Abraham Shmuelof was born in 1913 in the Meah Shearim section of Jerusalem to a large Bucharan Ultraorthodox Jewish family which had migrated from Persia at the end of the 19th century. He would become a legendary figure in Jerusalem, journeying from being an Ultraorthodox Jew to Roman Catholicism, Trappist monk, Benedictine, returning to the Trappists and finally to serving in the Greek-Catholic Church in Galilee.

The youngest of sixteen children, he went to school at the  “Collège des Frères,” and would become a companion of Menachem Begin in the Irgun (the military wing of Jewish Defense in Israel from 1935-1940). In World War II he joined the British army and fought in the famous Jewish legion. Captured in 1941, he became a prisoner of war. He was deeply moved by the reading of the New Testament which he had acquired in exchange for cigarettes. Four years later, he returned to London, England, after which he came to believe in Yeshua of Nazareth as the Messiah and King of Israel. Back in Jerusalem, his family tried to persuade him to return to the Jewish faith, but he persisted and became a Trappist monk. For a brief time he stayed at the Trappist Monastery in Latroun. But when it was taken by the Jordanian army in 1948, he joined a Benedictine community and studied briefly in Rome. Wanting to announce Christ as Messiah, "Abuna" joined the Greek Catholic Church. He was ordained priest by Archbishop Hakim in Nazareth in 1956 and served the Melkite community as a parish priest at Gush Chalav, (he spoke perfect Arabic as well as his native Hebrew) and helped the bishop as secretary for Jewish affairs. As he encountered more and more difficulties in serving the Palestinian community, he found his true place at “La Maison d’Isaïe” in Jerusalem founded by the French Dominicans, where he collaborated on developing a Hebrew Liturgy with Fr. Jacques Fontaine. It was at this time that Fr. Abraham took on the task of recording the entire Tanak in Hebrew. Fr. Abraham always showed a great passion for the Hebrew language and often chided his young fellow Israelis for not speaking Hebrew well.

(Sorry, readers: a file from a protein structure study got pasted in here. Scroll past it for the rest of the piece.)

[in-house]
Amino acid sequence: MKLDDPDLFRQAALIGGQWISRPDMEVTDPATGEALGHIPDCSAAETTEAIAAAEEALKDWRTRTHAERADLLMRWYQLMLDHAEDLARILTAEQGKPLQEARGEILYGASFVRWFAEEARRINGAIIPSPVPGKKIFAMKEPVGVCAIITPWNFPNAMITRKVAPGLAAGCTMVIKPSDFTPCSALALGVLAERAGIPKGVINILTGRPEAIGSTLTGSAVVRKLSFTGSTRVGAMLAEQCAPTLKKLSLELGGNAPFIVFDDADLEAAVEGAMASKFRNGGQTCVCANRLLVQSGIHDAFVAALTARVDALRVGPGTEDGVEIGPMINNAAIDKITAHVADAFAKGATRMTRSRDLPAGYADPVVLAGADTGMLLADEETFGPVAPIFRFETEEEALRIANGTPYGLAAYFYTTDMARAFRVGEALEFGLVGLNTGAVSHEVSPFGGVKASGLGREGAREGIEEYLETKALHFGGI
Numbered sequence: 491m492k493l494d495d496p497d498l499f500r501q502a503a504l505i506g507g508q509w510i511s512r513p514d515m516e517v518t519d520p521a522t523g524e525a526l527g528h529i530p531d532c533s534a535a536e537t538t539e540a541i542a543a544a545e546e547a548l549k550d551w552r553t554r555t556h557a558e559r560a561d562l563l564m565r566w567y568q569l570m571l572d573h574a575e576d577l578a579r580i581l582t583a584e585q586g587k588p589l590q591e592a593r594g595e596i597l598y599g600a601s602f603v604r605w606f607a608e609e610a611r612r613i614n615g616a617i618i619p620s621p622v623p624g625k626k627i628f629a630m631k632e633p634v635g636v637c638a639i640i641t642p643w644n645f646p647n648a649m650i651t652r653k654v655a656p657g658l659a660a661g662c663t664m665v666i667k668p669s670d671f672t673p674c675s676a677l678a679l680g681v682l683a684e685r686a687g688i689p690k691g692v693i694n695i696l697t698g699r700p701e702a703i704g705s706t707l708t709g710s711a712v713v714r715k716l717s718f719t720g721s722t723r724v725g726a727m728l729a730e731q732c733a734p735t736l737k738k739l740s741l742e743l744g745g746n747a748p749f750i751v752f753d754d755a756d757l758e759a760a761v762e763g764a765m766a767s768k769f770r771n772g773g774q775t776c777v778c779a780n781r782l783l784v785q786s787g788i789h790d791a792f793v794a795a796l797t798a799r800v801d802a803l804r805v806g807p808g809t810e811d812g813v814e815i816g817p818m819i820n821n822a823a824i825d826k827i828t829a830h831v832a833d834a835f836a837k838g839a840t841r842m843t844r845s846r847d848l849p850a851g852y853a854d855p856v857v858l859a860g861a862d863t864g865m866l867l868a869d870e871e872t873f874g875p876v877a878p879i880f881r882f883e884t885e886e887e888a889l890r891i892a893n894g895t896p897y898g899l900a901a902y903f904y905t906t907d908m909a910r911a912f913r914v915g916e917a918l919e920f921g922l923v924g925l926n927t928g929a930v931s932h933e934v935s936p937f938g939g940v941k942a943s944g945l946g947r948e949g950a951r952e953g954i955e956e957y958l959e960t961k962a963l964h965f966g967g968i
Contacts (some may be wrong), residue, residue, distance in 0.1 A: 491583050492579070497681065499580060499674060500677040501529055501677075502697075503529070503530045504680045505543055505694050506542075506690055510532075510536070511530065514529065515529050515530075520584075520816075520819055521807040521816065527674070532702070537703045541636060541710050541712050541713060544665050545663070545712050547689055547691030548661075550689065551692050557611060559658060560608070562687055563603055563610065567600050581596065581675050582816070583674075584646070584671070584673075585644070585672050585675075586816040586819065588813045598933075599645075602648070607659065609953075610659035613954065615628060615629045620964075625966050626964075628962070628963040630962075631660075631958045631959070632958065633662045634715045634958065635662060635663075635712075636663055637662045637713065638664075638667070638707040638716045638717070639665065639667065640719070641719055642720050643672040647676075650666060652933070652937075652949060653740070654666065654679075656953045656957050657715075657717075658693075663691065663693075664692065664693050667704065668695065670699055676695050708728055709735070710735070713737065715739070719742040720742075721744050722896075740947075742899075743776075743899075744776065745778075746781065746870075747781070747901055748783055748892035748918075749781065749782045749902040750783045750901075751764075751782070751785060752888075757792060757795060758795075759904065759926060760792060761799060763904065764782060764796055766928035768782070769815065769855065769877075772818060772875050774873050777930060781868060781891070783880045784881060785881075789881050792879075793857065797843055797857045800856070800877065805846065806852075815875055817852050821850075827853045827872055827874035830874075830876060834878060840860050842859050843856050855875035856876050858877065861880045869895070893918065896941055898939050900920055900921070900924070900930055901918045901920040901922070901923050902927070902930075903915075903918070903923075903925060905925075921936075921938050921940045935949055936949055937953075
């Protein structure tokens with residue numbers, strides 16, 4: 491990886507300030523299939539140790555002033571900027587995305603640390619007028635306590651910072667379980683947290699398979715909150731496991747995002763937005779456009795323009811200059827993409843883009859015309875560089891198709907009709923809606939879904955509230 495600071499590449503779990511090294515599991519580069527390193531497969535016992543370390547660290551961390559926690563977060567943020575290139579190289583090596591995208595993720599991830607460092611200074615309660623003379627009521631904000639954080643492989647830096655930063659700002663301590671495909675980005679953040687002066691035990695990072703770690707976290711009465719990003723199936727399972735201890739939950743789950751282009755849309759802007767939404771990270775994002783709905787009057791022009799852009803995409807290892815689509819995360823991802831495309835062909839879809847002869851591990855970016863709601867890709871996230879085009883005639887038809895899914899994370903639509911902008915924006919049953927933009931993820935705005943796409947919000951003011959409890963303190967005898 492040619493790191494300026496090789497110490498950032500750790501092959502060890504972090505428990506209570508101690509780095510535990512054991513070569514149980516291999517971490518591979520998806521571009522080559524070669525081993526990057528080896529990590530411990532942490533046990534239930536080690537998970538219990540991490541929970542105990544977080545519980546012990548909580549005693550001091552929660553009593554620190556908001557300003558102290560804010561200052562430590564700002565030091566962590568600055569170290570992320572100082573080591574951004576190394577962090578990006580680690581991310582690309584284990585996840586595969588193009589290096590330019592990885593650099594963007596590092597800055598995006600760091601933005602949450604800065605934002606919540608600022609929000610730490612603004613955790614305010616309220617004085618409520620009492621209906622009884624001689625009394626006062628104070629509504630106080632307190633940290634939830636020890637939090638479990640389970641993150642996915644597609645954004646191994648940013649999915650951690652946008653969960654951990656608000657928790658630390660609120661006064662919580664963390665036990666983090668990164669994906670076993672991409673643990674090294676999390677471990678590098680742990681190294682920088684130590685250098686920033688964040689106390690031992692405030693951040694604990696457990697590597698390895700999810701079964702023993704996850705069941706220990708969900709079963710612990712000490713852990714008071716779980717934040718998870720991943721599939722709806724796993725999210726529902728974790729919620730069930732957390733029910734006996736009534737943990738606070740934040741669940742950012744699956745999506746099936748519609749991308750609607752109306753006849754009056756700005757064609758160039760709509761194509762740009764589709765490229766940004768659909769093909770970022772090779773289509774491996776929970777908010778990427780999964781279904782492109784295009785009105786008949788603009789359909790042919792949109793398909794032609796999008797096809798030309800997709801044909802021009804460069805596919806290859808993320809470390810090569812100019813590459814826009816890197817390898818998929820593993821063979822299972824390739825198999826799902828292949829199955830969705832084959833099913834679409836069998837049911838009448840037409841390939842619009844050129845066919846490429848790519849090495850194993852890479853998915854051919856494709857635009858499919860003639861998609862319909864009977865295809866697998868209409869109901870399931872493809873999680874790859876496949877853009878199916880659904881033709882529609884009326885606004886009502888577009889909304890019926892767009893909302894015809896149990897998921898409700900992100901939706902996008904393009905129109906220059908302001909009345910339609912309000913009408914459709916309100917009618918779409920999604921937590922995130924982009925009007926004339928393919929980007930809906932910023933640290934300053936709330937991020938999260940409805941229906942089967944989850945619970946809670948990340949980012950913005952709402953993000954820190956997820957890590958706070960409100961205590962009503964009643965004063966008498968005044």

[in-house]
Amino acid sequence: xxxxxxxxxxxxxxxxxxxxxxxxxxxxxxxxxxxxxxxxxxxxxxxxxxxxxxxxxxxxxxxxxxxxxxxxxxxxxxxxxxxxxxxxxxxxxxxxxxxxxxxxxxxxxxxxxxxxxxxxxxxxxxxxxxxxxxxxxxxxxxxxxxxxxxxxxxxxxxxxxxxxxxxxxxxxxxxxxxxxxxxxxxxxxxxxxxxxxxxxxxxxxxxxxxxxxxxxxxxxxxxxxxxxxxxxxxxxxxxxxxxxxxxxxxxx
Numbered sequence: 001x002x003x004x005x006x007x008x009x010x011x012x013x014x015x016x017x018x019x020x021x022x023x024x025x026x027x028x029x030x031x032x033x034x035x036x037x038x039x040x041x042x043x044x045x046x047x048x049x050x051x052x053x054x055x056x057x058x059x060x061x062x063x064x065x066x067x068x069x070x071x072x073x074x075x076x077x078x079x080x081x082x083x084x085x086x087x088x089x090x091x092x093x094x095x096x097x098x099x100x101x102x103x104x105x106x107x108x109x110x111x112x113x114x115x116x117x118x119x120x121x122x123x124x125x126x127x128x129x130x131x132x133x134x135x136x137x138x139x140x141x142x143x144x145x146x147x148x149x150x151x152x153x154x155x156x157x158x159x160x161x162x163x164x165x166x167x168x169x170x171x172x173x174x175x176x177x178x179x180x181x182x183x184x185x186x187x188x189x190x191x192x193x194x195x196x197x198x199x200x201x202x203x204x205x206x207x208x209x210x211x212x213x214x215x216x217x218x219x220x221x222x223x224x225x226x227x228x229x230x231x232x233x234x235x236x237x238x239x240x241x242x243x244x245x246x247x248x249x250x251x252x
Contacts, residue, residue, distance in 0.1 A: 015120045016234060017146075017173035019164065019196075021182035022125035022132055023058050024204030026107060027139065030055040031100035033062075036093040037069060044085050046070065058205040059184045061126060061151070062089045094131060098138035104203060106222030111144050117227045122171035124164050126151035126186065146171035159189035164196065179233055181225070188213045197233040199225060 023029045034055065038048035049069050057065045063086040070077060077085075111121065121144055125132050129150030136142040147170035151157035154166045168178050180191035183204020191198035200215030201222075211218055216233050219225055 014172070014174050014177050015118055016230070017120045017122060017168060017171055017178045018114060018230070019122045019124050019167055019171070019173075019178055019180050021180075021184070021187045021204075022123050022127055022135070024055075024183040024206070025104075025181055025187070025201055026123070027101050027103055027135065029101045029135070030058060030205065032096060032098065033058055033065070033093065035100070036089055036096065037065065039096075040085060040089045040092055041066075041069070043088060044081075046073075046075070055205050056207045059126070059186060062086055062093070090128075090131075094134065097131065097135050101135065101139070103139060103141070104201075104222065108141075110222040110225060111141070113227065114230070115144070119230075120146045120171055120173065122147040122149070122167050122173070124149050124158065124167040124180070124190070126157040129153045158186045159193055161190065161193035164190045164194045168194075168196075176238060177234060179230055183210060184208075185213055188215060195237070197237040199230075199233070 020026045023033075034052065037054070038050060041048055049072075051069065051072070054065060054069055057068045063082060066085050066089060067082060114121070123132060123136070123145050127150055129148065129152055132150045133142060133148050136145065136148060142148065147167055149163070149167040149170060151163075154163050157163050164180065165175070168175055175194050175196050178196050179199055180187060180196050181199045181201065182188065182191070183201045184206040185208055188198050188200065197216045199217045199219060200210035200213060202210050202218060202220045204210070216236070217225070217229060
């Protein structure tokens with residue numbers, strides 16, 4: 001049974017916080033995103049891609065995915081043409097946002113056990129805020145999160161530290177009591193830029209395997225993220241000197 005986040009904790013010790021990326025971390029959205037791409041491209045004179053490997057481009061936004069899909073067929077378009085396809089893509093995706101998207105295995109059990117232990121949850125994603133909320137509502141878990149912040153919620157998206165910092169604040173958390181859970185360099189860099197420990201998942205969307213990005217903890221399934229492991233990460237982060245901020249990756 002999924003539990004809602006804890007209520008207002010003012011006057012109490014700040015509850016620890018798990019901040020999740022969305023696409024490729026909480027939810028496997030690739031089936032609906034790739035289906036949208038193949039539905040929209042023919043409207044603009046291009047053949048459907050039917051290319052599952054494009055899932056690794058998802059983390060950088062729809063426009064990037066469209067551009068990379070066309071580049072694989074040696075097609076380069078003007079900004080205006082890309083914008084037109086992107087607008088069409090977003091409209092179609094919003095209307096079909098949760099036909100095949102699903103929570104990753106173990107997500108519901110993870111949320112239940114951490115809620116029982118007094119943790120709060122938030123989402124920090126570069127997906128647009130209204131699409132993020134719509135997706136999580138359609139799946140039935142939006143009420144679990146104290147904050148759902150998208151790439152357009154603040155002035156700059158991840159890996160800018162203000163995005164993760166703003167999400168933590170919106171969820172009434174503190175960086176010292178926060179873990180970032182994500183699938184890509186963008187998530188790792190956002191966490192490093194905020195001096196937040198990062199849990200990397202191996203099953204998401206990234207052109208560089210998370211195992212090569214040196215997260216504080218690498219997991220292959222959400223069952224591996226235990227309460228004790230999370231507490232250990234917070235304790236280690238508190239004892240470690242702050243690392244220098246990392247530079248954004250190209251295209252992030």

His later years were spent in Jerusalem where he frequently associated with the Jesuits at the Pontifical Biblical Institute. Fr. Francesco Rossi de Gasperis would often bring students and pilgrims to hear him recount his many stories in the Land of Israel.  The last few years of his life were spent in Bethany, where he was convalescing at Casa Mater Misericordiae. He died there and was buried on March 23, 1994. His close relationship continued with the Dominicans and the Melkites, and that is why he is buried in their garden at the monastery of St. John in the Desert, just west of Jerusalem, below Moshe ‘Even Sapir, near  ‘En Karem.

The diffusion of the Audio Recordings has been entrusted to the Carmelites. The original tape recordings were transferred to digital audio by Audio Scriptures International, and then transferred to mp3 files, divided according to chapters, by the Academy of Ancient Languages. These latter mp3 files are used in this rendition of the Hebrew Tanak.

(This information has been gathered from personal acquaintainces of Fr. Abraham Shmuelof by Michael Kolarcik, particularly that of Fr. Francesco Rossi de Gasperis, S.J.)

Listen to Abraham Shmuelof read the Tanach here.